The Chattanooga Campaign
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        Following the Battle of Stones River, the armies of Braxton Bragg and William Rosecrans sat 30 miles apart in central Tennessee for six months, idle except for cavalry raids on each other's supply lines.  Bragg, who had been defeated at Perryville and Stones River, was now the most maligned general in the Confederacy. The soldiers of his Army of Tennessee resented his severe discipline, his officers questioned his competence, and the public despised him for his retreats. It was said that Bragg retreated whether he won or lost; a Confederate joke had it that he would never get to heaven because the moment he was invited to enter he would fall back.
        As winter changed to spring, Rosecrans, too, drew criticism--for his failure to take his Army of the Cumberland on the offensive. Despite goading from the Union high command, it was not until June that Rosecrans bestirred himself. When he did, to the surprise of many, Rosecrans acted with boldness and confidence. Maneuvering skillfully, he threatened to outflank Bragg and forced the Confederates to retreat again, this time to Chattanooga.
        Geography and the Southern rail system dictated that Chattanooga, an otherwise unremarkable settlement of 3,500 people, play a key role in the War. But when the Federal troops closed around this transportation hub on September 6, 1863, the Confederates evacuated it without a fight. Again Bragg was outmaneuvered and had to move his army south or risk being cut off.
        Convinced that the Confederates were fleeing, Rosecrans swiftly pursued them into Georgia. But rather than retreat, Bragg stood and fought at Chickamauga Creek , inflicting a stunning blow and sending the Federals reeling. Bragg declined to pursue the Union army. His men were exhausted and both sides had suffered heavy casualties--the Rebels lost 18,454 and the Yankees 16,179 in the bloodiest two days of the War. When Rosecrans' forces withdrew into Chattanooga, Brag bottled them up and severed their supply lines, imposing a state of siege.
       Now it was Rosecran's turn to be discredited. Remarking that the general was "stunned and confused, like a duck hit on the head," Lincoln relieved him of command and placed the perilous situation in the hands of the North's most trusted leader, Ulysses S. Grant. Losing no time, Grant launched assaults that cleared the Confederates for m their positions on the heights of Lookout Mountain and Missionary Ridge. The South would never recover from the loss of Chattanooga, which brought Bragg's dismissal and opened the gateway to the Confederate heartland.

Source:  "Echoes of Glory, Civil War Battle Atlas" published by Time Life Books.

Battle Timeline Presents the timeline of the campaign from Sept 26, '63
Battle Map Shows where the lines were.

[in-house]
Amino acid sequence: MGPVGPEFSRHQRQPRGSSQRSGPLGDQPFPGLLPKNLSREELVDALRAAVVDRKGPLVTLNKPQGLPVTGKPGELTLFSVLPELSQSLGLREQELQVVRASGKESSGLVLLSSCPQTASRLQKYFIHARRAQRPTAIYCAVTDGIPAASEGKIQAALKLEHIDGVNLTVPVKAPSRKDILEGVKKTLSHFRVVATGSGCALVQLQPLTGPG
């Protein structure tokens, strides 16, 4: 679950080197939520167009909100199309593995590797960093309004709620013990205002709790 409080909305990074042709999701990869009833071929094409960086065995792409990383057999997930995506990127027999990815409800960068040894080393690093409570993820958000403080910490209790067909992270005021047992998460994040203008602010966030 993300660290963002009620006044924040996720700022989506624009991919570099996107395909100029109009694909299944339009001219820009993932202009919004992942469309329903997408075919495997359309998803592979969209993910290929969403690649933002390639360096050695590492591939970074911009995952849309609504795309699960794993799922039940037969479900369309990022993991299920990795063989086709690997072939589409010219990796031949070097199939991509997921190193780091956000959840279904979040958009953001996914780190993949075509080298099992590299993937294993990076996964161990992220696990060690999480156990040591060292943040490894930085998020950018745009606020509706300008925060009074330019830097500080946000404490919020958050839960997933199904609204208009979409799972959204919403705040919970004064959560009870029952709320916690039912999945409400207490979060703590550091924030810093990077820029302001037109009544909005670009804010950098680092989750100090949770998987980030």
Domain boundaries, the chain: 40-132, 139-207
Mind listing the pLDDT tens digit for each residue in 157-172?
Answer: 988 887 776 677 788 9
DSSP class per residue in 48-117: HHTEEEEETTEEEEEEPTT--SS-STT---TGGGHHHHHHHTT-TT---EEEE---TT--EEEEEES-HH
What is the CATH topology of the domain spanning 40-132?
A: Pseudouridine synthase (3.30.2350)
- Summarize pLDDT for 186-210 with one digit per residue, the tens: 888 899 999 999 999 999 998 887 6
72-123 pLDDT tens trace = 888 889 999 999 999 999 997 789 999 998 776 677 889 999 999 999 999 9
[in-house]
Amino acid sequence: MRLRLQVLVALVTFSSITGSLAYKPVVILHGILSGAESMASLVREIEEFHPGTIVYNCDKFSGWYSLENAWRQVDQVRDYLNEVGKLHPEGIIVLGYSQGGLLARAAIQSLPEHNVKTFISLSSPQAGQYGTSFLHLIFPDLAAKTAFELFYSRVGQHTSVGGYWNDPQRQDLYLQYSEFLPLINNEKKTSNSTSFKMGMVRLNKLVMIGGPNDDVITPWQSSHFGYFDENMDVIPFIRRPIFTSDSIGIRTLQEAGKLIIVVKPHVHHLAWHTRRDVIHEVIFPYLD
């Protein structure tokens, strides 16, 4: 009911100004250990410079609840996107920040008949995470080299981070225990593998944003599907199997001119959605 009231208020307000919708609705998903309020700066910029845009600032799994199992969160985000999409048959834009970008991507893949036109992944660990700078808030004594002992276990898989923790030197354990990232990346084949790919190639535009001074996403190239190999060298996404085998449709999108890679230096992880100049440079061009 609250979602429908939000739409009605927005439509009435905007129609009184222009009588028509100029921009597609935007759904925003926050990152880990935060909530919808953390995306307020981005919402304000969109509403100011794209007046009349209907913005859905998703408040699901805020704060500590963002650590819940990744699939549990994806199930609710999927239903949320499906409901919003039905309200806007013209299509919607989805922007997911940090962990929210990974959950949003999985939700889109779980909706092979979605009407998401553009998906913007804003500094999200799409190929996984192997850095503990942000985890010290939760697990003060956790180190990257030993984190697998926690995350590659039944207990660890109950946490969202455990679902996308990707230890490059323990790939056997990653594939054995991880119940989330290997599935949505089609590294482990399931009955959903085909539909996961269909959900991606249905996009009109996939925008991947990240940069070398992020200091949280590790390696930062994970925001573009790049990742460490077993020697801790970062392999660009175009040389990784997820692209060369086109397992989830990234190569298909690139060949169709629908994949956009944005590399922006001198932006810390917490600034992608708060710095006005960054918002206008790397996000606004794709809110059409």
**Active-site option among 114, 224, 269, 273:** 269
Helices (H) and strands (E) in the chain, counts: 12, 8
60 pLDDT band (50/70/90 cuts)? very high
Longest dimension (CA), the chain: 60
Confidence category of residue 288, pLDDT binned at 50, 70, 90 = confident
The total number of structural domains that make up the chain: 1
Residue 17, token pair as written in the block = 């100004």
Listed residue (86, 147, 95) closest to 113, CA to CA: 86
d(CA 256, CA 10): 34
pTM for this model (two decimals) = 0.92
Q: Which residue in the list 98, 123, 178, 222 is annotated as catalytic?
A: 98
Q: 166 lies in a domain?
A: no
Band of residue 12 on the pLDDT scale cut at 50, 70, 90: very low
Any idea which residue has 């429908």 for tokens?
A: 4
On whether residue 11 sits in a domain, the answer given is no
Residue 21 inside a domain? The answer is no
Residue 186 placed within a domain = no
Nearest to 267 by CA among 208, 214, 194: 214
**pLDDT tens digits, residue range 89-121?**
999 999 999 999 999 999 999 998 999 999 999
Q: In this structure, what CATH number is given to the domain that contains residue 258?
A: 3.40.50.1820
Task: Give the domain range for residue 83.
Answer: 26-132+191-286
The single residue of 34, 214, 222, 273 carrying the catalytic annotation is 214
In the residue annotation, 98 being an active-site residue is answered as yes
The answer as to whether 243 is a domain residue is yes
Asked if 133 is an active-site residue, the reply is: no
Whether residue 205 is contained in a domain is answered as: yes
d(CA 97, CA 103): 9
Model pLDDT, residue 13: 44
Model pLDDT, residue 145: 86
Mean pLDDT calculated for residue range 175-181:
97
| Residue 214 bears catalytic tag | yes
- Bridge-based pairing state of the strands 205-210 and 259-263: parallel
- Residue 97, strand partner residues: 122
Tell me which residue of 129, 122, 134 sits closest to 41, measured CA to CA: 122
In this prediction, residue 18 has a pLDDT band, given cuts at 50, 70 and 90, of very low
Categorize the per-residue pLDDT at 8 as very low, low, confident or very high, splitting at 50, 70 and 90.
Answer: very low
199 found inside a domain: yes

Battles of Chattanooga, Lookout Mountain and Missionary Ridge A very good description of these battles with a definite Union slant.  Taken from "The Army Of The Cumberland" By Henry M. Cist, Brevet Brigadier-General U. S. V.
Campaign Summary Great campaign description written by a fine modern day historian.
The "Cracker Line" Operations One of the finest "supply efforts" in any war.
The Battle of Lookout Mountain Description of this part of the campaign.
The Battle of Missionary Ridge Description of one of the most famous battles in the war.
Missionary Ridge--Triune Disaster   From "Reminiscences Of The Civil War" By John B. Gordon, Maj. Gen., CSA

From The Official Records of the War of the Rebellion
Summary of the Principal Events         From the Official Records, a list of the actions from Nov. 23 thru Nov. 27, 1863.
Order of Battle (Confederate) The organization of the Confederate forces commanded by Braxton Bragg.
Order of Battle (Union) The organization of the Union forces commanded by  U.S. Grant.

Official Reports

Union Reports
Maj. Gen. Ulysses S. Grant (Overall Chattanooga Campaign)
Maj. Gen. George H. Thomas (Overall Chattanooga Campaign)
Maj. Gen. William T. Sherman (Overall Chattanooga Campaign)
Brig. Gen. William B. Hazen (Action at Brown's Ferry)

Maj. Gen. Joseph Hooker (Action at Wauhatchie)
Maj. Gen. Joseph Hooker (Overall Chattanooga Campaign)
Brig. Gen. Montgomery C. Meigs
(Action at Missionary Ridge)
Maj. Gen. Philip H. Sheridan (Action at Missionary Ridge)
Brig. Gen. William F. Smith (Action at Brown's Ferry)
Maj. Gen. George H. Thomas (Action at Brown's Ferry)

 

Confederate Reports
Maj. Gen. Patrick R. Cleburne (Action at Missionary Ridge)
General Braxton Bragg (Action at Missionary Ridge)
Brig. Gen. E. McIver Law (Action at Brown's Ferry)
Brig. Gen. John K. Jackson (Overall Chattanooga Campaign)

This page last updated 12/07/02

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